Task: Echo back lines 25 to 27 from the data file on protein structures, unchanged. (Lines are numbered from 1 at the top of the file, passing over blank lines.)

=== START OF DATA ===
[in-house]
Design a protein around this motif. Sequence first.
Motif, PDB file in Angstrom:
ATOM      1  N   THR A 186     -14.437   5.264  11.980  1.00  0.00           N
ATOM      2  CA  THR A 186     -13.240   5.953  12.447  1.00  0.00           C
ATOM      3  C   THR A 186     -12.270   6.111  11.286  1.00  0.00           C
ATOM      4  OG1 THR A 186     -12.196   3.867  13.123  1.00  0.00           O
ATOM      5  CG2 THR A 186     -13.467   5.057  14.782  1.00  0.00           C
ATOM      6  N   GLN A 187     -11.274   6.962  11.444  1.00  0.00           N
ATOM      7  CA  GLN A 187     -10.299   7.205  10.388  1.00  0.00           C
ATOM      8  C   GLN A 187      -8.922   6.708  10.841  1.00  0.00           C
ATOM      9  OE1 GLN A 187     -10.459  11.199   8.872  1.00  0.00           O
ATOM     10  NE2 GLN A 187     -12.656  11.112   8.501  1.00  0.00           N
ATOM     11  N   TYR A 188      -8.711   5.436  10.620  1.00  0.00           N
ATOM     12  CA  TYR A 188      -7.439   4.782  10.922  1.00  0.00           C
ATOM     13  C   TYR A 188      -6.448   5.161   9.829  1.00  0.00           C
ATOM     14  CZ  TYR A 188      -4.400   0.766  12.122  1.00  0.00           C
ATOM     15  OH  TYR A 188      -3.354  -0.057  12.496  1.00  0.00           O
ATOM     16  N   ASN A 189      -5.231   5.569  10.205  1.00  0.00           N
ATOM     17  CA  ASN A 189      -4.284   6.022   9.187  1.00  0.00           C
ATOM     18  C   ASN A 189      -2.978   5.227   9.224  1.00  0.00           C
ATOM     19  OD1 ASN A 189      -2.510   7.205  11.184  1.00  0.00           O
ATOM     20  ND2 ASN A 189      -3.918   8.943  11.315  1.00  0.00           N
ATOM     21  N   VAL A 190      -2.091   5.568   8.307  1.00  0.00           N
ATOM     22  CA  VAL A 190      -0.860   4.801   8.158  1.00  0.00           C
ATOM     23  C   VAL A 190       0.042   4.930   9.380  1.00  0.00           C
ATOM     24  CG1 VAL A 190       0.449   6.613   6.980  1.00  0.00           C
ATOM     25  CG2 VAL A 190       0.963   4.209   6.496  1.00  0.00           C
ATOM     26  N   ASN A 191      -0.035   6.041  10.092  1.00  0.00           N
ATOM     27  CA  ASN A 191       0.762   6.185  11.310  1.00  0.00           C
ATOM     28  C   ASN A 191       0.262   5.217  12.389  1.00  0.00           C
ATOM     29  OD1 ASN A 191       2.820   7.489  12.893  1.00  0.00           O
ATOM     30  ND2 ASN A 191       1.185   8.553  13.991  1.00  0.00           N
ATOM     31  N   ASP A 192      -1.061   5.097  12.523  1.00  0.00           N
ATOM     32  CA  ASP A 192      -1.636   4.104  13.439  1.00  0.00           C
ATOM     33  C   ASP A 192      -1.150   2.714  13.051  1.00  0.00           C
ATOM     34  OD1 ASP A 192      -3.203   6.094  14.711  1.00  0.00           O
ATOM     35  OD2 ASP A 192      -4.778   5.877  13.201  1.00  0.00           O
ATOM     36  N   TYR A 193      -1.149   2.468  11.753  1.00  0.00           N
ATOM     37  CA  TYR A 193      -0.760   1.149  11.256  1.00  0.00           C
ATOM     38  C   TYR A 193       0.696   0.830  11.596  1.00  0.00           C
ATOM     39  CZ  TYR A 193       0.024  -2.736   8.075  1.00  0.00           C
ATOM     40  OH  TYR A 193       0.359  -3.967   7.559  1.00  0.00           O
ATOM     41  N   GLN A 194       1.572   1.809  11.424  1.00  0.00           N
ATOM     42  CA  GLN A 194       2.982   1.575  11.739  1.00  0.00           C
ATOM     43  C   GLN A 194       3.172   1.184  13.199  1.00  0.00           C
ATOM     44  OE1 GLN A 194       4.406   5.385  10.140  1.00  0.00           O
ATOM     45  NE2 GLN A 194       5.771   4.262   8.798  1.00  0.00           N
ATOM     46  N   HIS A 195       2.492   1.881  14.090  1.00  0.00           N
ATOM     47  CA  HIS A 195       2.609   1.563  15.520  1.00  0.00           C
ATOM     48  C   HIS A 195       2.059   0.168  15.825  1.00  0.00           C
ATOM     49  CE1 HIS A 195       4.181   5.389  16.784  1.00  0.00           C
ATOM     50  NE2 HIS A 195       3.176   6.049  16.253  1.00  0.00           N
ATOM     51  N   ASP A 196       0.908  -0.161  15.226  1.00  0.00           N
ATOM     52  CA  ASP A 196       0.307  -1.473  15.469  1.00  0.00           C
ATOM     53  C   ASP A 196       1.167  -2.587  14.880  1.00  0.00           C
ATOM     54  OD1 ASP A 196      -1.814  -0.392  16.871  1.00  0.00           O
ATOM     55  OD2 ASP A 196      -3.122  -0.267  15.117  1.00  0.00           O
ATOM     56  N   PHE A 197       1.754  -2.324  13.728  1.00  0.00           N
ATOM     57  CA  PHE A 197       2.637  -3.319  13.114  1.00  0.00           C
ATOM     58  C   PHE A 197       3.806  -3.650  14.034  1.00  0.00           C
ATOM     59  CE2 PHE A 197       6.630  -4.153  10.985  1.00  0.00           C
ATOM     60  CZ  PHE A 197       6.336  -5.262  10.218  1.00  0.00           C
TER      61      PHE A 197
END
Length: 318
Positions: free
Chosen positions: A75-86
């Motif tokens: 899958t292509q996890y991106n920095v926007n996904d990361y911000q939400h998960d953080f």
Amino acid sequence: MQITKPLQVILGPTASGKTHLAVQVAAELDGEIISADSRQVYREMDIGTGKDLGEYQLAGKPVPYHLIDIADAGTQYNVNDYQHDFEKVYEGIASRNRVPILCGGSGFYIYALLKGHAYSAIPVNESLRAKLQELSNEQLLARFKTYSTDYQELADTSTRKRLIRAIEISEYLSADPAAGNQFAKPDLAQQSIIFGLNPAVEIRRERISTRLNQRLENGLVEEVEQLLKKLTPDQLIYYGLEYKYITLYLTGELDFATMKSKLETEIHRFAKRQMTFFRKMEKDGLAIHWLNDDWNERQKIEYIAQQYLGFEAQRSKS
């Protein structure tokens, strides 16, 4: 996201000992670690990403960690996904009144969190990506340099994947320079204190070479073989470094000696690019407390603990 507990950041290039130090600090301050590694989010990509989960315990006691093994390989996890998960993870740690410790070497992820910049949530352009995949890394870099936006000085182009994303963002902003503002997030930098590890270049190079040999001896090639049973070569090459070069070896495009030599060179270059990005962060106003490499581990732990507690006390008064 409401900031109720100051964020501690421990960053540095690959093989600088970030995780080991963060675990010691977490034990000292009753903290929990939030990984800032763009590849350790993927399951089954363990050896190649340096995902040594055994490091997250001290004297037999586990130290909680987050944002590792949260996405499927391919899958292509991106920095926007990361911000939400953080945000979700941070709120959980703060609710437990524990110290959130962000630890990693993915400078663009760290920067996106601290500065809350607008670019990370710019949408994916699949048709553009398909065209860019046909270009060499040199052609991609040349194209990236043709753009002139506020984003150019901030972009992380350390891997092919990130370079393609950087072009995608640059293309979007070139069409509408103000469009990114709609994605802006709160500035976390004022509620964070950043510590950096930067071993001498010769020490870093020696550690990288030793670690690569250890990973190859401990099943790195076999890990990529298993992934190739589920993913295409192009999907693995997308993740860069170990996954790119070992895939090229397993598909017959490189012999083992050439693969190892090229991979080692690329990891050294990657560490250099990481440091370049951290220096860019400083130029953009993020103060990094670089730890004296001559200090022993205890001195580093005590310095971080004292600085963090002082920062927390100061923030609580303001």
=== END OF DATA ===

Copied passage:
ATOM     22  CA  VAL A 190      -0.860   4.801   8.158  1.00  0.00           C
ATOM     23  C   VAL A 190       0.042   4.930   9.380  1.00  0.00           C
ATOM     24  CG1 VAL A 190       0.449   6.613   6.980  1.00  0.00           C